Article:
It was somewhere between 1983 and 1984 that I discovered R.E.M. I was about 13 years old and in my bedroom near Houston. Surrounded by walls plastered with posters of Duran Duran and The Police, I discovered a college radio station in nearby Pasadena. I don’t remember exactly what song I heard first, but I loved this sound, which was different from other music I listened to at the time. I soon got to meet the college going niece of a family friend. She was so cool and trendy and I was in awe. She had several albums with her for her visit and helped me copy her R.E.M. albums onto cassette tapes. Awesome! I carried R.E.M. with me through high school and onto college, where I got my roommate into them. I have many memories tied to the band and consider them one of my very favorites to this day.
By the time R.E.M.’s tenth studio album, New Adventures in Hi-Fi, was released in 1996, I’d been living in L.A. for a couple of years. At the time, I thought the album was just okay. I was still pretty stuck on their first four albums and didn’t love the newer songs as much. As is often the case, the work has grown on me and I like many of the tracks a lot, especially “Electrolite,” which is to my ears, sort of a love song.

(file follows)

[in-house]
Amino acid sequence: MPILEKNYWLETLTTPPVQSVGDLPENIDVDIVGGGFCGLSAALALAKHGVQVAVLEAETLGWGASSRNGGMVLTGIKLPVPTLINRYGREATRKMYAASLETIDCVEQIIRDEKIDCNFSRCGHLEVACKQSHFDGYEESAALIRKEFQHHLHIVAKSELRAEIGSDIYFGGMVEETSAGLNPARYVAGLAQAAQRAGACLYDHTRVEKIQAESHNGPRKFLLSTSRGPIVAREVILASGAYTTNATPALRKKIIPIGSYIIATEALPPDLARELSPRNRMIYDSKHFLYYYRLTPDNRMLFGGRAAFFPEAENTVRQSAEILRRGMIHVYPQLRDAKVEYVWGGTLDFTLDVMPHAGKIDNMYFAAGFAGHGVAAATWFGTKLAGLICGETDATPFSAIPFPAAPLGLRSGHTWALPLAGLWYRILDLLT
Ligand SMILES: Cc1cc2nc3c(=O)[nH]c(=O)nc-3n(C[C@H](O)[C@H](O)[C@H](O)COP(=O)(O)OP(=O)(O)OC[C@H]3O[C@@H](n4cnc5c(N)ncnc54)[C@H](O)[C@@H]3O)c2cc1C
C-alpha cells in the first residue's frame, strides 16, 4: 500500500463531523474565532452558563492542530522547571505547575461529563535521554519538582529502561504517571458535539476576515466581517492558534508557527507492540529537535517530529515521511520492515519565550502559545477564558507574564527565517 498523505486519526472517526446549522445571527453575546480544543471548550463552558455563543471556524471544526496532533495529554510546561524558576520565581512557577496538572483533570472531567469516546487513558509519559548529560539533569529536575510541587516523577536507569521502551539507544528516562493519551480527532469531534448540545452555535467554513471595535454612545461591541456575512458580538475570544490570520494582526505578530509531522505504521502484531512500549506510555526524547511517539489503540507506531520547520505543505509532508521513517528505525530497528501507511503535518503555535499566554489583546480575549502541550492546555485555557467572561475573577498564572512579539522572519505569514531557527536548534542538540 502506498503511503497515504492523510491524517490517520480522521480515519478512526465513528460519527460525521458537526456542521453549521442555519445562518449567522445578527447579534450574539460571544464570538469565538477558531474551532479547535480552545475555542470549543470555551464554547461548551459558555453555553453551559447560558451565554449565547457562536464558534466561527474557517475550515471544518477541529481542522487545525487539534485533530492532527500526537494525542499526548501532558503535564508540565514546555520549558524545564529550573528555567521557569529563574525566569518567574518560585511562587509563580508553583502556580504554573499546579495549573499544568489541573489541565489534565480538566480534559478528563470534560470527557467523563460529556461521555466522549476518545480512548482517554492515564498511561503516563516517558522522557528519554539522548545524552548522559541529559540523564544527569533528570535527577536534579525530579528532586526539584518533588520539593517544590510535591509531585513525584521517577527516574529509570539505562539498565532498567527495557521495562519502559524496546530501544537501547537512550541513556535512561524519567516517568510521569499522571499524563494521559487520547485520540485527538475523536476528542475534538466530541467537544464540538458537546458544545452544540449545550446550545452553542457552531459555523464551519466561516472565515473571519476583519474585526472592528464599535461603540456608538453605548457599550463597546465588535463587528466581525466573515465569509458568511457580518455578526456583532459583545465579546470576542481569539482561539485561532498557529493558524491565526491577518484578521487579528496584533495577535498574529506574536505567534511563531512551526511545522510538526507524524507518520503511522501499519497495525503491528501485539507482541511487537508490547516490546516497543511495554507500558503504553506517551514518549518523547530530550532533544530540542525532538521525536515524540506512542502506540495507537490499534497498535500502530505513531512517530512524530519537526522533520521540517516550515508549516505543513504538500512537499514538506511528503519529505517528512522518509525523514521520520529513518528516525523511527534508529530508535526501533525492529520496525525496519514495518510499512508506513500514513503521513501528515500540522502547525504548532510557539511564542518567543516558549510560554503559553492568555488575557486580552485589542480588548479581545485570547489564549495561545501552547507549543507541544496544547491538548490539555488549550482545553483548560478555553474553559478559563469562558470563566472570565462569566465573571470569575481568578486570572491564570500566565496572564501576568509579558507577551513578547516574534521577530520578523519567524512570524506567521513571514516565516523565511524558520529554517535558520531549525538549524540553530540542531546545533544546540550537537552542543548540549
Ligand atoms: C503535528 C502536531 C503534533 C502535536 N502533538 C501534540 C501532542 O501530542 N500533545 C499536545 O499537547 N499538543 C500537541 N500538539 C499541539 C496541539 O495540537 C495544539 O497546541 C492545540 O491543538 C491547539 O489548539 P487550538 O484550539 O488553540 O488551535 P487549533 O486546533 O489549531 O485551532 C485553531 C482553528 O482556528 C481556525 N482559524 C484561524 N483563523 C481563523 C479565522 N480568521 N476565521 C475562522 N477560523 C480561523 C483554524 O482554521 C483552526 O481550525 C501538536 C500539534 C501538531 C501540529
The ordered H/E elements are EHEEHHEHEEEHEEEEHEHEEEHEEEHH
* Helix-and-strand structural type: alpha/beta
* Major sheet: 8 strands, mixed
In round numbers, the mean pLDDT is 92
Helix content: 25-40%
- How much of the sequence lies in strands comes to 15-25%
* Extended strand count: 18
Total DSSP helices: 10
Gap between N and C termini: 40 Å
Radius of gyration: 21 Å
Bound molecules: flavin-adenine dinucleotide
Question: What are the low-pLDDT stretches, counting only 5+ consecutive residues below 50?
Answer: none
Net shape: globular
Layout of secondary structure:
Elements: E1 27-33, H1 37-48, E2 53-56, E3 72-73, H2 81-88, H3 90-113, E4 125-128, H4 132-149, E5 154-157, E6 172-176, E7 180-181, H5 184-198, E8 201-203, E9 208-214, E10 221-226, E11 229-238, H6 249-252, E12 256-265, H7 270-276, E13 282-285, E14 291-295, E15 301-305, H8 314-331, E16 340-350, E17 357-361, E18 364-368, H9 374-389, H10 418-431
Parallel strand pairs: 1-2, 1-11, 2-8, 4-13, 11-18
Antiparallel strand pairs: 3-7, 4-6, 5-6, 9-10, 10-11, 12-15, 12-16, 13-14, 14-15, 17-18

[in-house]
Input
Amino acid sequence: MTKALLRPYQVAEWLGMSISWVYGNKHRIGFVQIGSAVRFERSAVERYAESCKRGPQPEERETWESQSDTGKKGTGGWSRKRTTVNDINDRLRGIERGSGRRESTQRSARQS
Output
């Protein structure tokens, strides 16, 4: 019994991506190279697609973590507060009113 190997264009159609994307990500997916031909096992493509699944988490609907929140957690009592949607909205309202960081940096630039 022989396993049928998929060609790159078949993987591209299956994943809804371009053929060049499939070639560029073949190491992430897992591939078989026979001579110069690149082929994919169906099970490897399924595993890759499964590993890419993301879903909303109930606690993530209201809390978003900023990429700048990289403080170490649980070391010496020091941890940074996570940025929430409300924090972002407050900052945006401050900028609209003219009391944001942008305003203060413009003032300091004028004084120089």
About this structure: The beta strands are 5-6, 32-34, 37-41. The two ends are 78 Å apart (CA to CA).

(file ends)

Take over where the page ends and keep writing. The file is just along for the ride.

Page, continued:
One of the fun things to do with first-time visitors to L.A. is take a ride on Mulholland. Our guests are often from fairly flat areas of the East coast and the twisty drive with its incredible views of Hollywood and The Valley is a treat, both during the day and at night. I particularly like looking down on the Hollywood Bowl, the 101 freeway, Hollywood, and on to the downtown skyline.
If you ever want to fly
Mulholland Drive, up in the sky
Stand on a cliff and look down there
Don’t be scared, you are alive, you are alive
Michael Stipe, the band’s lead singer and lyricist of “Electrolite,” wrote an essay about the song in which he said:
“Mulholland represents to me the iconic ‘from on high’ vantage point looking down at L.A. and the valley at night when the lights are all sparkling and the city looks, like it does from a plane, like a blanket of fine lights all shimmering and solid.”
Stipe mentions that the song is a farewell to the 20th century and the ideals of “the city built on dreams and fantasy.” I see the song as somewhat critical of the superficial beauty and values that often prevail in Los Angeles. At the same time, I hear a fondness for the place where he lived for a couple of years in the ’90s.
I really love “Electrolite.” I’ve enjoyed it live in the three live shows I’ve seen since its release. Music tends to really move me and this is one of the pieces that gets me teary-eyed during and R.E.M. concert (or in a performance posted to the web). Enjoy:
Check out more of the “Songs About Los Angeles” series here.
*Photo overlooking Hollywood from Mulholland Drive taken with my cell phone.